|Cover photo of Frank Bruni’s Book
It is an exciting and anxious time in my family with my oldest child entering the homestretch of his high school career. My son Tim is going through all of the things that so many of the students have gone through in the schools where I have worked as an administrator, but it is still a very foreign experience for me as I go through this for the first time as a parent.
My son has worked hard and done well academically and socially during his four years of high school. However, I still have a lot of the questions that many parents have as their children start the college application process. I sometimes wonder about the importance of Tim getting into a “prestigious university.” Fortunately, I was tipped off by someone about Fran Bruni’s great book Where You Go Is Not Who You’ll Be: An Antidote to the College Admissions Mania.
The book does a wonderful job of putting into perspective the fact that the success of our children in college depends much more on the skills and work ethic that a student has than the name of the college that they ultimately attend. Or as Bruni so eloquently puts it in the early pages of his book:
“Life is defined by little snags and big setbacks; success is determined by the ability to distinguish between the two and rebound from either. And there’s no single juncture, no one crossroads, on which everything hinges.”
Let me share a few more of my favorite selections from the book that helped me gain some perspective on the college search/application process for me.
“…if you’re a parent who’s pushing your kids relentlessly and narrowly toward one of the most prized schools in the country and you think that you’re doing them a favor, you’re not. You’re in all probability setting them up for heartbreak…”
“You’re going to get into a college that’s more than able to provide a superb education to anyone who insists on one and who takes firm charge of his or her time there.”
The book also explains the process used to develop the U.S. News and World Report’s annual college rankings issue and how limited its usefulness is for college applicants and their families. Just check out the following statement from Bob Morse, the person in charge of the U.S. News rankings.
“It’s not where you went to school. It’s how hard you work.”
Anyway, I could go on and post another dozen excerpts from Bruni’s work that I feel are spot on in regards to the college selection process and it’s long term implications for our students, but instead I encourage you to read the book and come up with your own insights. The book is full of examples of successful groups of people who did not attend “prestigious universities.” If you are a parent of someone who is in the middle of this process or about to go through it, then I am confident you will have trouble putting this book down.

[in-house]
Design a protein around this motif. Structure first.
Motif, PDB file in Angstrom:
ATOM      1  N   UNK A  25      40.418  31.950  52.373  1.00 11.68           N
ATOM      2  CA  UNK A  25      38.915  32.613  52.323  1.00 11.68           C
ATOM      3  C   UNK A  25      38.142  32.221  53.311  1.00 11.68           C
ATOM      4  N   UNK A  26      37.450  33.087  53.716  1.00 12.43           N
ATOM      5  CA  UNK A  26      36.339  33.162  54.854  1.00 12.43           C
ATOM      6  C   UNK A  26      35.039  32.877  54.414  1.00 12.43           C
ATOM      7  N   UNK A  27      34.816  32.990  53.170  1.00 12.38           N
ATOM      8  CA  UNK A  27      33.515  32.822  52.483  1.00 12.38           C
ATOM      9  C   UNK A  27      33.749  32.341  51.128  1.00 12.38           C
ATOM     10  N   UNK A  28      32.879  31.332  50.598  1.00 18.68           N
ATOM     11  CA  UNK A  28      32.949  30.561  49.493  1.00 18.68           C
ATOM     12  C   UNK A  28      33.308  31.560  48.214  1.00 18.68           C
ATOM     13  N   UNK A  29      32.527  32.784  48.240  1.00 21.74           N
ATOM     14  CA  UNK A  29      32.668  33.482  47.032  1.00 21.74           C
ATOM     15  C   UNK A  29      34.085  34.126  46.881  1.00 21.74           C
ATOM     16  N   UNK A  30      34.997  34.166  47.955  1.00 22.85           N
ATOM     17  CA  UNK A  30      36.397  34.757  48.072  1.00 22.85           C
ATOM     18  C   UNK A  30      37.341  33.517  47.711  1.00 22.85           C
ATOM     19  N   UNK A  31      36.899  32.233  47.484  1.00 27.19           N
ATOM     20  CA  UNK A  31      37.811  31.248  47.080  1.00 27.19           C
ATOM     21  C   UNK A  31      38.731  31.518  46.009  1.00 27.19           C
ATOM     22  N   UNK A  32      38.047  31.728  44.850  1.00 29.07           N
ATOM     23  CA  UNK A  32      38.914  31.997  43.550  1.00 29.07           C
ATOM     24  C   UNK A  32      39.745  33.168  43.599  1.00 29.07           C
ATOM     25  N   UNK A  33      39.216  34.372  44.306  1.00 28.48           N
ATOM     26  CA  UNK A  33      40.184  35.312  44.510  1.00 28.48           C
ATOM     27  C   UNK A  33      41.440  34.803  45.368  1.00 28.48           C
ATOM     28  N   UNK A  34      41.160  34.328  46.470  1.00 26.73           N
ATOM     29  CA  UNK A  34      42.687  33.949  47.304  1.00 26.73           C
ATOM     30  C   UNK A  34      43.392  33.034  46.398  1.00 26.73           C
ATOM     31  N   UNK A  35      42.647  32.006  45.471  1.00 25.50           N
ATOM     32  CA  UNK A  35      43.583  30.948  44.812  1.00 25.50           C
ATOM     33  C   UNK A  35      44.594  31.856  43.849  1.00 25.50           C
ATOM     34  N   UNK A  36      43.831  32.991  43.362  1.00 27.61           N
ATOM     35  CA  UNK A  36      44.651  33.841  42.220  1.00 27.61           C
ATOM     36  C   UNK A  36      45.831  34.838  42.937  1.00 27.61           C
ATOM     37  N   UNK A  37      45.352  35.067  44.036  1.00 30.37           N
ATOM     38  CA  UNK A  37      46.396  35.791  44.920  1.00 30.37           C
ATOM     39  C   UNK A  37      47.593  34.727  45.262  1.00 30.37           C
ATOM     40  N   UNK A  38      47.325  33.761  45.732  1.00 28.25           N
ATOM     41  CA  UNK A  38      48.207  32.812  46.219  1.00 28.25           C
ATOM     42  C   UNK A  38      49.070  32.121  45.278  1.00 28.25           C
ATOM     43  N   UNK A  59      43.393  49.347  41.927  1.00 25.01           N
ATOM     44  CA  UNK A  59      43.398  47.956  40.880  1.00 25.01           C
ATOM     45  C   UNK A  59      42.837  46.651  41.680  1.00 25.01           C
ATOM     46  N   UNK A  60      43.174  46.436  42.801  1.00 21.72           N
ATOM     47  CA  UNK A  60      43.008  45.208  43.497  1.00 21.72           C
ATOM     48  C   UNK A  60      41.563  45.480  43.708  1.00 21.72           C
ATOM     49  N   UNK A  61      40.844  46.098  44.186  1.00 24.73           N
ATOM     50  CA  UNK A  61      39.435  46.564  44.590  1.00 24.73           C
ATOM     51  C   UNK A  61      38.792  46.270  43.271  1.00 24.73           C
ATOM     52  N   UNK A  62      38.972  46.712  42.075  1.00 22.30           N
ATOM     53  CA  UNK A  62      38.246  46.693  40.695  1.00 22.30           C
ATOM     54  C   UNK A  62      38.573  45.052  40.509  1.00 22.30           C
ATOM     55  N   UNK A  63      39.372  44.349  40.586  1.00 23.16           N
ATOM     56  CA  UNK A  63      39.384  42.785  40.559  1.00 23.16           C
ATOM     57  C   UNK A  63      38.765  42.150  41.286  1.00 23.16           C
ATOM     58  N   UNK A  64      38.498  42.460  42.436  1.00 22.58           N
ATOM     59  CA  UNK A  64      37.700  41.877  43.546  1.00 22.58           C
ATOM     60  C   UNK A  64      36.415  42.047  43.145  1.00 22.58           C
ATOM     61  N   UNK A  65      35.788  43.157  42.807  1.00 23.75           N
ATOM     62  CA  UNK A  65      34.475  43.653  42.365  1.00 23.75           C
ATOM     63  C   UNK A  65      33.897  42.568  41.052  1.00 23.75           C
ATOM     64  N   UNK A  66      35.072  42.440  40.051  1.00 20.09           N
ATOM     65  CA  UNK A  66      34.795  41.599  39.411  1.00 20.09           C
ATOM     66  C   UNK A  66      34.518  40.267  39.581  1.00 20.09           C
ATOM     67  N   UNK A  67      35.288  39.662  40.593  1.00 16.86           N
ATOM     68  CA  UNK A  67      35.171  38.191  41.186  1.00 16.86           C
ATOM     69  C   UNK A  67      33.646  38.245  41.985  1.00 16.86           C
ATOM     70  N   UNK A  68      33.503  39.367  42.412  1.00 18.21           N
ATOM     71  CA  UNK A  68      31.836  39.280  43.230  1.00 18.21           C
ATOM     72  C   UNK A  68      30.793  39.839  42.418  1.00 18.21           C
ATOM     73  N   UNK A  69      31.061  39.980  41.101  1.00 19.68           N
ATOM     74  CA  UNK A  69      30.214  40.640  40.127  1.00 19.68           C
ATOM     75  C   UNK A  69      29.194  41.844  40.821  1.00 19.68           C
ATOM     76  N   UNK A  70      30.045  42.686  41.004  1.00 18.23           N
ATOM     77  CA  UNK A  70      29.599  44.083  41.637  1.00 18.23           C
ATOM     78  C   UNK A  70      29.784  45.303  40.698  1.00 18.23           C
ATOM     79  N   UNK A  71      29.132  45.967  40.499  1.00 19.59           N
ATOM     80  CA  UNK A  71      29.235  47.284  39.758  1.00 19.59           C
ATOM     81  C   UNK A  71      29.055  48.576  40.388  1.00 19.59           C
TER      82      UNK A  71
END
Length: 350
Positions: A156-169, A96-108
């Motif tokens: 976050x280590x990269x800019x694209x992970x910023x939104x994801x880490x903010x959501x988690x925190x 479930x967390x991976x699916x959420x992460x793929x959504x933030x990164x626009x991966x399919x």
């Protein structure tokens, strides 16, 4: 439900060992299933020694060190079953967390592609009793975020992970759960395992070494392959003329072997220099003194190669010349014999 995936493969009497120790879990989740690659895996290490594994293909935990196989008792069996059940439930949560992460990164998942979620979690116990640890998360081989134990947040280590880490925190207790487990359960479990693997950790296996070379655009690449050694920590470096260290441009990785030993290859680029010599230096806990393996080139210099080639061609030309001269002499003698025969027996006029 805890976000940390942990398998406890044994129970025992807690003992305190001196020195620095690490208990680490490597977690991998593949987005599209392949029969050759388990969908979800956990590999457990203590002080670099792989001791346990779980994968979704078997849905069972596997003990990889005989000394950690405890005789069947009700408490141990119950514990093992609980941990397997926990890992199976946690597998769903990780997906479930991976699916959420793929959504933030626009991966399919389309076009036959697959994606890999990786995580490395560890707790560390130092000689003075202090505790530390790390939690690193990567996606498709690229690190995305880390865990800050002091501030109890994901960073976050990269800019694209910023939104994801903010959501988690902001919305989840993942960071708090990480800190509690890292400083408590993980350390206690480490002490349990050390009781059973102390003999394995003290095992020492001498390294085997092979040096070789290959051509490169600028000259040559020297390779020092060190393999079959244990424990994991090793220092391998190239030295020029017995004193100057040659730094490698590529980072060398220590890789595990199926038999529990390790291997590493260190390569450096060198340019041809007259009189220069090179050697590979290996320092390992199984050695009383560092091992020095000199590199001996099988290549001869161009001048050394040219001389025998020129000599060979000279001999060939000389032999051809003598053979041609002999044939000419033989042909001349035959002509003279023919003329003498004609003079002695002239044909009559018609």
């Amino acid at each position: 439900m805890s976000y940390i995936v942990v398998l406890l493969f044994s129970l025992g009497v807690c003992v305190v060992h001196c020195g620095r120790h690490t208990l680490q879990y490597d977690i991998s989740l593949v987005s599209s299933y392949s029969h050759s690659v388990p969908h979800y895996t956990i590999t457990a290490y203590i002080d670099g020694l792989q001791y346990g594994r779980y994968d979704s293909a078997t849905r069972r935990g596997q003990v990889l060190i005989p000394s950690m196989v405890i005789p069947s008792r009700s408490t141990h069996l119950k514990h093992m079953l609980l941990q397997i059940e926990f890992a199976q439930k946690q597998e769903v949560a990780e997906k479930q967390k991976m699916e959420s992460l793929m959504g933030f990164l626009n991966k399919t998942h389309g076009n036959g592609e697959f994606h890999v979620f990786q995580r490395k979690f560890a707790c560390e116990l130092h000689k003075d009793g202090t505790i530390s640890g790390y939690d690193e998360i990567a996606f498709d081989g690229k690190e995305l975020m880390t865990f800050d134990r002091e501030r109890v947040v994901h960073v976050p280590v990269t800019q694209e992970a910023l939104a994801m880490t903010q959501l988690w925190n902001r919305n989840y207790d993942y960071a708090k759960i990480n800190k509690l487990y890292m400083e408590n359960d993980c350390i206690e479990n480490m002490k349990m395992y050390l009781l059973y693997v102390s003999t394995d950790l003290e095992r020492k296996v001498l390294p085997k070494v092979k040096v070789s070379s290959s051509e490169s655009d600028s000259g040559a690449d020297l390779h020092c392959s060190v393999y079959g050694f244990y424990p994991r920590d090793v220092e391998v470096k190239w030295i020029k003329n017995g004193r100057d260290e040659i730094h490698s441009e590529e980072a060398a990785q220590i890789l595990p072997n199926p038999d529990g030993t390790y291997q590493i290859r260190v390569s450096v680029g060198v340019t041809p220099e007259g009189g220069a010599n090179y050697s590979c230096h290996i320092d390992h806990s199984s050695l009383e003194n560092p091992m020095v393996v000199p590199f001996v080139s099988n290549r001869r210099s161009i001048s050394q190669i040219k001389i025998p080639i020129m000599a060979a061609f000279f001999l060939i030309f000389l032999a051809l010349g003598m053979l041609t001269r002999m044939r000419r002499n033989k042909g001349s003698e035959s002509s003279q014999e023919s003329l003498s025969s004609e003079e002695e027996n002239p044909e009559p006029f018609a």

In conclusion, I want to leave you with a letter that was shared in the book. The letter was written by two parents and given to their son on the eve of his finding out whether or not he was accepted to his top three colleges (all Ivy League schools).
Dear Matt,On the night before you receive your first college response, we wanted to let you know that we could not be any prouder of you than we are today. Whether or not you get accepted does not determine how proud we are of everything you have accomplished and the wonderful person you have become. That will not change based on what admissions officers decide about your future. We will celebrate with joy wherever you get accepted—and the happier you are with those responses, the happier we will be. But your worth as a person, a student and our son is not diminished or influenced in the least by what these colleges have decided.
If it does not go your way, you’ll take a different route to get where you want. There is not a single college in this country that would not be lucky to have you, and you are capable of succeeding at any of them.
We love you as deep as the ocean, as high as the sky, all the way around the world and back again—and to
wherever you are headed.Mom and Dad
I can truly say that I am proud of what my son has accomplished to date and I have enjoyed watching him mature during his high school years. I am confident that he will be successful in whatever he chooses to do and I know that college application/acceptance process will not change my feelings on this.